Minneapolis-based Charles Horn, 34, was President of the American Ball Co. In 1922 he sought a source for paper tubes to package his company’s BBs for air guns. The dormant Federal factory had rolled paper hulls for shotshells. Horn was persuaded — perhaps by T.W. Lewis, the sole remaining stockholder — to resurrect Federal. On April 27, 1922, it became Federal Cartridge Corp.
To learn about ammunition manufacture and staff the shop, Horn hired FCC’s former plant manager, John Haller. The “new” Federal made black-powder and smokeless shotshells. Revenues from BB tubes the diameter of 12-bore hulls kept the belt-driven machines humming.
Horns of a Dilemma
An able executive, Horn was an ox on the factory floor. When at last told by a worker to please “keep out of the factory as many hours a day as possible,” he did, cheerfully — and moved the corporate office off-site. After another move, it would occupy Minneapolis’ Foshay Tower until the mid-1980s.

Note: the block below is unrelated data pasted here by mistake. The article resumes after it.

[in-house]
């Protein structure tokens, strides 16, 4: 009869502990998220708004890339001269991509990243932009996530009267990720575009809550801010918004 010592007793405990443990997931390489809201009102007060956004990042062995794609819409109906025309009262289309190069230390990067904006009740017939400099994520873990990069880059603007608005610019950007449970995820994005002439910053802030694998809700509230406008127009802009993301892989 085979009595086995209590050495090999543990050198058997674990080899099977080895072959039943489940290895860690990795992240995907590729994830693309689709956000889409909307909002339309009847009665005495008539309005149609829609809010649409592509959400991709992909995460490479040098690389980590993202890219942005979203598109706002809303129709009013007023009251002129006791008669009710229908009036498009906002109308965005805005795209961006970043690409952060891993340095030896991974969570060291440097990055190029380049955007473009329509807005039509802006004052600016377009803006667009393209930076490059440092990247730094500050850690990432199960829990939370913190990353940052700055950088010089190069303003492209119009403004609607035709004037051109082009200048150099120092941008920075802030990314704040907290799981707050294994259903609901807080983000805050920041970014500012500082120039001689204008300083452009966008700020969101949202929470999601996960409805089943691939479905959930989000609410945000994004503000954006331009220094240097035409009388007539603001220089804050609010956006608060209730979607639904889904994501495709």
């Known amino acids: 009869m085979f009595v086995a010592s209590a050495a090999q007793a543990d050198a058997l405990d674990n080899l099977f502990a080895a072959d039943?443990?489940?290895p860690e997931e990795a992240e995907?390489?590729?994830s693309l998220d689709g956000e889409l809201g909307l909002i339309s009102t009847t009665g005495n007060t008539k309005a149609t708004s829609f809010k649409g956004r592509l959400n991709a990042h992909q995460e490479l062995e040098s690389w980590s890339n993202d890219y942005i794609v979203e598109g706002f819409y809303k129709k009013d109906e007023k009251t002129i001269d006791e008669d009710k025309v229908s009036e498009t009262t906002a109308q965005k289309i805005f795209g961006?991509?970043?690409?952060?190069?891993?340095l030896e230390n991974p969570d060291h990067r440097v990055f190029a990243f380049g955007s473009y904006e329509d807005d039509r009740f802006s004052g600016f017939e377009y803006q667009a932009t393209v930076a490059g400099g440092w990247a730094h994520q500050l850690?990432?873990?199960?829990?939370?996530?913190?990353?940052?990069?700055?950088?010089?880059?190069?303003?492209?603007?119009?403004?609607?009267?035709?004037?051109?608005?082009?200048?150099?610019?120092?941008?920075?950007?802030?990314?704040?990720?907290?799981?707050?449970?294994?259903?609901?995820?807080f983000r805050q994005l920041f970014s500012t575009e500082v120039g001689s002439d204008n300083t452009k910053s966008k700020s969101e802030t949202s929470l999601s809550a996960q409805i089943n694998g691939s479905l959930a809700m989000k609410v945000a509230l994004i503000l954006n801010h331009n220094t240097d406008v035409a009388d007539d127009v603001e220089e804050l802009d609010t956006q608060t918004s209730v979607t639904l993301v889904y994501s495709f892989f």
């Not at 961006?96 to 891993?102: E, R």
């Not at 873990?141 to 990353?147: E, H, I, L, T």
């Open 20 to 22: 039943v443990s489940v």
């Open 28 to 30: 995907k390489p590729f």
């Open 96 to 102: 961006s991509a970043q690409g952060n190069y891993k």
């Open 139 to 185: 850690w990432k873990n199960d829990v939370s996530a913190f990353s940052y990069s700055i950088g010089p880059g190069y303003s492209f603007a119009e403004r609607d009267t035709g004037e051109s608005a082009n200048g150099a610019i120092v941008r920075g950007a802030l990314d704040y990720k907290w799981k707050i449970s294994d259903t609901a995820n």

Federal’s main challenge early on was distribution. Established channels were controlled by two big ammunition firms: Union Metallic Cartridge (Remington-U.M.C. after 1912) and Western Cartridge (Winchester-owned after 1932). His rural-Iowa roots inspired Horn to explore outlets untapped by the competition. On road trips in his red Buick, he managed to place Federal shells in hardware and grocery stores, barber shops and gas stations, even dental and medical offices. It proved a brilliant scheme!